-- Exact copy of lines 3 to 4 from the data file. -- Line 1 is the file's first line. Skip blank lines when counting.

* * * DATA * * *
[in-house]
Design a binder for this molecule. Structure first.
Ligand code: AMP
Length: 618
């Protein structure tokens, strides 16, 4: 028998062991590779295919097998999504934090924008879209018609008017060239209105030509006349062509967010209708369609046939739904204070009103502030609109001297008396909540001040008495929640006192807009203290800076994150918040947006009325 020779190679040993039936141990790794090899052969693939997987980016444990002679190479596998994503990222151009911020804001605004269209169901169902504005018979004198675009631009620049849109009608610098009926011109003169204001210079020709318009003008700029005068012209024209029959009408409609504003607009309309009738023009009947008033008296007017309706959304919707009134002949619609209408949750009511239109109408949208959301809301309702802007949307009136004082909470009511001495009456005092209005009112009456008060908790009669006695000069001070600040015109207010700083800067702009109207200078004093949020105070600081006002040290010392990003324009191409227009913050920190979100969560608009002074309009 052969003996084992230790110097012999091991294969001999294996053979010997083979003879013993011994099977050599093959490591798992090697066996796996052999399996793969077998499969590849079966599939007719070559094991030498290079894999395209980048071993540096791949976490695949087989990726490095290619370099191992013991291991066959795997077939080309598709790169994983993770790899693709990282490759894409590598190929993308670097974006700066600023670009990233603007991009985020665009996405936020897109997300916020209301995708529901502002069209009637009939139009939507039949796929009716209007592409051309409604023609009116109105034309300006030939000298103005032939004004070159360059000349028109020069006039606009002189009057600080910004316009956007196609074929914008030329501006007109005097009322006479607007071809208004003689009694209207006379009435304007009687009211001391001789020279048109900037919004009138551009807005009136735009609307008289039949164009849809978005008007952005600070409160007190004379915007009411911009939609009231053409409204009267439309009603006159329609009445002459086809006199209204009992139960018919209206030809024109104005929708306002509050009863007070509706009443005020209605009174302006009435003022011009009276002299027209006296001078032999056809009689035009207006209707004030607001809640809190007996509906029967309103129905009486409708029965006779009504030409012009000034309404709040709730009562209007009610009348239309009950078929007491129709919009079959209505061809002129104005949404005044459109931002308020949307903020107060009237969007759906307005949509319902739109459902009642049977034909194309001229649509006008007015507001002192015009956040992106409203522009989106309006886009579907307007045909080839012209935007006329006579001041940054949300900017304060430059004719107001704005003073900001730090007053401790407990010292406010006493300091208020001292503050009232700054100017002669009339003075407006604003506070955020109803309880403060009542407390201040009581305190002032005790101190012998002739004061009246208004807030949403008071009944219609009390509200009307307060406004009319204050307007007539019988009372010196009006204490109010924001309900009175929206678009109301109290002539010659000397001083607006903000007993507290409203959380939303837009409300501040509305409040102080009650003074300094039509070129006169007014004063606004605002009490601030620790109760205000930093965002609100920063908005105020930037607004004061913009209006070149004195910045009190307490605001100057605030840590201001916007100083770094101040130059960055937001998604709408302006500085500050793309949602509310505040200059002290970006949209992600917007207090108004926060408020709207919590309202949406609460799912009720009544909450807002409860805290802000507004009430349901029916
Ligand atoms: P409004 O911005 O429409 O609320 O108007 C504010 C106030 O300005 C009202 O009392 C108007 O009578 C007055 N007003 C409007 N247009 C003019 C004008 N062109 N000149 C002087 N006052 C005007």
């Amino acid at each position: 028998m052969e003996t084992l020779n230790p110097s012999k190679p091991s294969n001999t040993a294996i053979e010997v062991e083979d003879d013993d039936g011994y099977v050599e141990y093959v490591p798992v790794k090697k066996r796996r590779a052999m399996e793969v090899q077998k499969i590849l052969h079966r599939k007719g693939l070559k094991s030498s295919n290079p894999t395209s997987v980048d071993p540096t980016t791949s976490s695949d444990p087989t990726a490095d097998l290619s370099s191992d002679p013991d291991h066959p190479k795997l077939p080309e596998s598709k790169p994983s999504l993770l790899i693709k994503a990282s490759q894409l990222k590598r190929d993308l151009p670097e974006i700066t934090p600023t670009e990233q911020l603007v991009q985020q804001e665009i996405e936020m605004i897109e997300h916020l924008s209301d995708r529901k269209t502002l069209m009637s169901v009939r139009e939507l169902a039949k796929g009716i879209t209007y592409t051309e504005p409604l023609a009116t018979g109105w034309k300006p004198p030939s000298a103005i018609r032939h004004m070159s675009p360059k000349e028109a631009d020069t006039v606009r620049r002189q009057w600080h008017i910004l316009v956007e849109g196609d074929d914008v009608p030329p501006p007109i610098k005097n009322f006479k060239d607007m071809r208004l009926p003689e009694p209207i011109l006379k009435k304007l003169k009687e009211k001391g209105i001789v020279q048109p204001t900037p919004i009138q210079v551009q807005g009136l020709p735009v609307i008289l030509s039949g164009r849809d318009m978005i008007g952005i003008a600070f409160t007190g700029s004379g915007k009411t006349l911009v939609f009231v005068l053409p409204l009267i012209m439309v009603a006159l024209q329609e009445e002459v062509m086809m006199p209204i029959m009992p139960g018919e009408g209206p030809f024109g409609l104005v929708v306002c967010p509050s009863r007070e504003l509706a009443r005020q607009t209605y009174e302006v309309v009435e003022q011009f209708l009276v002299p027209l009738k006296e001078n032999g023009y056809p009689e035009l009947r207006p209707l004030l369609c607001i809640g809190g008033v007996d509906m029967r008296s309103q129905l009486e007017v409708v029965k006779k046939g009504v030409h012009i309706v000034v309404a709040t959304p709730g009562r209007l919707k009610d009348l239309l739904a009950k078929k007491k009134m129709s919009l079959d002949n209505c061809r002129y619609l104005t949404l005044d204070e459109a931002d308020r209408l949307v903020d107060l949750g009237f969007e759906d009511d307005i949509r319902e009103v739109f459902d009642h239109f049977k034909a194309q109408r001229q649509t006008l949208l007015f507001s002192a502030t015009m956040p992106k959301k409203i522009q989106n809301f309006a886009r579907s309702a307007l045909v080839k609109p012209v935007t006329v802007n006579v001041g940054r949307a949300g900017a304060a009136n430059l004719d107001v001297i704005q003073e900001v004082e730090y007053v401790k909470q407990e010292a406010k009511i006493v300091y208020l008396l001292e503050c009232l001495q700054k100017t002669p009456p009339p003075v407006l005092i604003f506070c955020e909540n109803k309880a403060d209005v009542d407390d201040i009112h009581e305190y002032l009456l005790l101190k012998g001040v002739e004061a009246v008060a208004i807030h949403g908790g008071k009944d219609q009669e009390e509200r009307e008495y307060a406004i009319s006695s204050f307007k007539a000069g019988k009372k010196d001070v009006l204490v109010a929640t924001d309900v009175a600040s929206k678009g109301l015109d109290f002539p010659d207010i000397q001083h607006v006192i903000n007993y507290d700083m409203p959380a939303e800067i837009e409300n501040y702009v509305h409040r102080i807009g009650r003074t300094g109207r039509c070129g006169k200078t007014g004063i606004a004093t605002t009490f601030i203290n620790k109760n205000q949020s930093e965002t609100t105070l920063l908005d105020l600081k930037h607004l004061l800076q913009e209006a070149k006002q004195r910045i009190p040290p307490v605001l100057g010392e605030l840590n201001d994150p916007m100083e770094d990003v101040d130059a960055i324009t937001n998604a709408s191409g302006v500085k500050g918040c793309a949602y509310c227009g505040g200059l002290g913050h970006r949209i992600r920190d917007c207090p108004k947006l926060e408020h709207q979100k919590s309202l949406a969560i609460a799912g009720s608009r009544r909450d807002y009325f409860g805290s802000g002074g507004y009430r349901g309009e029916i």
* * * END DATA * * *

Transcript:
Ligand code: AMP
Length: 618